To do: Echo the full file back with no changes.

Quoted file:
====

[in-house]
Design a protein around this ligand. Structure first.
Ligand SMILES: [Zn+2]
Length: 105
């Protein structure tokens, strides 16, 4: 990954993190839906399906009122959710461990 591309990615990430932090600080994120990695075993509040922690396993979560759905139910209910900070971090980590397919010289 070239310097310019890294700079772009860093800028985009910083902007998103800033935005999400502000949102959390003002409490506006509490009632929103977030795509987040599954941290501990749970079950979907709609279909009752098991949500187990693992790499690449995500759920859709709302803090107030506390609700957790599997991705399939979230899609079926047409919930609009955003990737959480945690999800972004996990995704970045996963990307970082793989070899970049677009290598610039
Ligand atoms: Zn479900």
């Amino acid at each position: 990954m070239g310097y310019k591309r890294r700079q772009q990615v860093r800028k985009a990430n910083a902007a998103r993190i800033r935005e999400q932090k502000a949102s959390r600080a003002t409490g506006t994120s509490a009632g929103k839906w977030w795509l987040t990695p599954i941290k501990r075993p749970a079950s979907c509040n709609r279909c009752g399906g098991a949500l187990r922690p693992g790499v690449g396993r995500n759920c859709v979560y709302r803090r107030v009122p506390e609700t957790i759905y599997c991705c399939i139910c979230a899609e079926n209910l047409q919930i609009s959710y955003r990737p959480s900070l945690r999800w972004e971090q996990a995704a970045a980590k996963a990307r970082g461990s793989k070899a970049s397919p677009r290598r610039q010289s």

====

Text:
[in-house]
Design a protein around this ligand. Structure first.
Ligand SMILES: [Zn+2]
Length: 105
């Protein structure tokens, strides 16, 4: 990954993190839906399906009122959710461990 591309990615990430932090600080994120990695075993509040922690396993979560759905139910209910900070971090980590397919010289 070239310097310019890294700079772009860093800028985009910083902007998103800033935005999400502000949102959390003002409490506006509490009632929103977030795509987040599954941290501990749970079950979907709609279909009752098991949500187990693992790499690449995500759920859709709302803090107030506390609700957790599997991705399939979230899609079926047409919930609009955003990737959480945690999800972004996990995704970045996963990307970082793989070899970049677009290598610039
Ligand atoms: Zn479900």
């Amino acid at each position: 990954m070239g310097y310019k591309r890294r700079q772009q990615v860093r800028k985009a990430n910083a902007a998103r993190i800033r935005e999400q932090k502000a949102s959390r600080a003002t409490g506006t994120s509490a009632g929103k839906w977030w795509l987040t990695p599954i941290k501990r075993p749970a079950s979907c509040n709609r279909c009752g399906g098991a949500l187990r922690p693992g790499v690449g396993r995500n759920c859709v979560y709302r803090r107030v009122p506390e609700t957790i759905y599997c991705c399939i139910c979230a899609e079926n209910l047409q919930i609009s959710y955003r990737p959480s900070l945690r999800w972004e971090q996990a995704a970045a980590k996963a990307r970082g461990s793989k070899a970049s397919p677009r290598r610039q010289s």